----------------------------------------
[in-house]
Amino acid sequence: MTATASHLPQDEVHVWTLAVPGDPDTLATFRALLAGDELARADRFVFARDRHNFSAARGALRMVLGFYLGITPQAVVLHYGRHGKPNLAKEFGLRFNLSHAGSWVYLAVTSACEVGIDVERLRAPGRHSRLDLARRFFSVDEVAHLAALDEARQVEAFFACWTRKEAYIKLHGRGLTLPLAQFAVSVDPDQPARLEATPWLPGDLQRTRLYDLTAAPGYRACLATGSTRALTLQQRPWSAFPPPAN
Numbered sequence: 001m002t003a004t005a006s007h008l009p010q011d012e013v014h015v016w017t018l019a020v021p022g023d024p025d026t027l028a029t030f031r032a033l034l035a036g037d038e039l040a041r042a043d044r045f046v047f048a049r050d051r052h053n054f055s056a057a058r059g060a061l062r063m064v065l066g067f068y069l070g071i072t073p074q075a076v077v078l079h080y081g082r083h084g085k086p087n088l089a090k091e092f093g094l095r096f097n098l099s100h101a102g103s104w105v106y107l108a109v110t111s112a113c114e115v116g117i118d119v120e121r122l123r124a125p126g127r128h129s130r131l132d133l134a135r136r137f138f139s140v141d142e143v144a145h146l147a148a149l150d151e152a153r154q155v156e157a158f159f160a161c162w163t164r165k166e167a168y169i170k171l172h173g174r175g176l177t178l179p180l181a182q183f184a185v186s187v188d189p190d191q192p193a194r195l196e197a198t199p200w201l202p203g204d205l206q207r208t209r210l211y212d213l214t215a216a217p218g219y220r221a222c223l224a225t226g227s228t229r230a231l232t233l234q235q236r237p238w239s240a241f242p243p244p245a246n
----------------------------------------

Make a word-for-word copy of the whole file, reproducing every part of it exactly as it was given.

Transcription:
[in-house]
Amino acid sequence: MTATASHLPQDEVHVWTLAVPGDPDTLATFRALLAGDELARADRFVFARDRHNFSAARGALRMVLGFYLGITPQAVVLHYGRHGKPNLAKEFGLRFNLSHAGSWVYLAVTSACEVGIDVERLRAPGRHSRLDLARRFFSVDEVAHLAALDEARQVEAFFACWTRKEAYIKLHGRGLTLPLAQFAVSVDPDQPARLEATPWLPGDLQRTRLYDLTAAPGYRACLATGSTRALTLQQRPWSAFPPPAN
Numbered sequence: 001m002t003a004t005a006s007h008l009p010q011d012e013v014h015v016w017t018l019a020v021p022g023d024p025d026t027l028a029t030f031r032a033l034l035a036g037d038e039l040a041r042a043d044r045f046v047f048a049r050d051r052h053n054f055s056a057a058r059g060a061l062r063m064v065l066g067f068y069l070g071i072t073p074q075a076v077v078l079h080y081g082r083h084g085k086p087n088l089a090k091e092f093g094l095r096f097n098l099s100h101a102g103s104w105v106y107l108a109v110t111s112a113c114e115v116g117i118d119v120e121r122l123r124a125p126g127r128h129s130r131l132d133l134a135r136r137f138f139s140v141d142e143v144a145h146l147a148a149l150d151e152a153r154q155v156e157a158f159f160a161c162w163t164r165k166e167a168y169i170k171l172h173g174r175g176l177t178l179p180l181a182q183f184a185v186s187v188d189p190d191q192p193a194r195l196e197a198t199p200w201l202p203g204d205l206q207r208t209r210l211y212d213l214t215a216a217p218g219y220r221a222c223l224a225t226g227s228t229r230a231l232t233l234q235q236r237p238w239s240a241f242p243p244p245a246n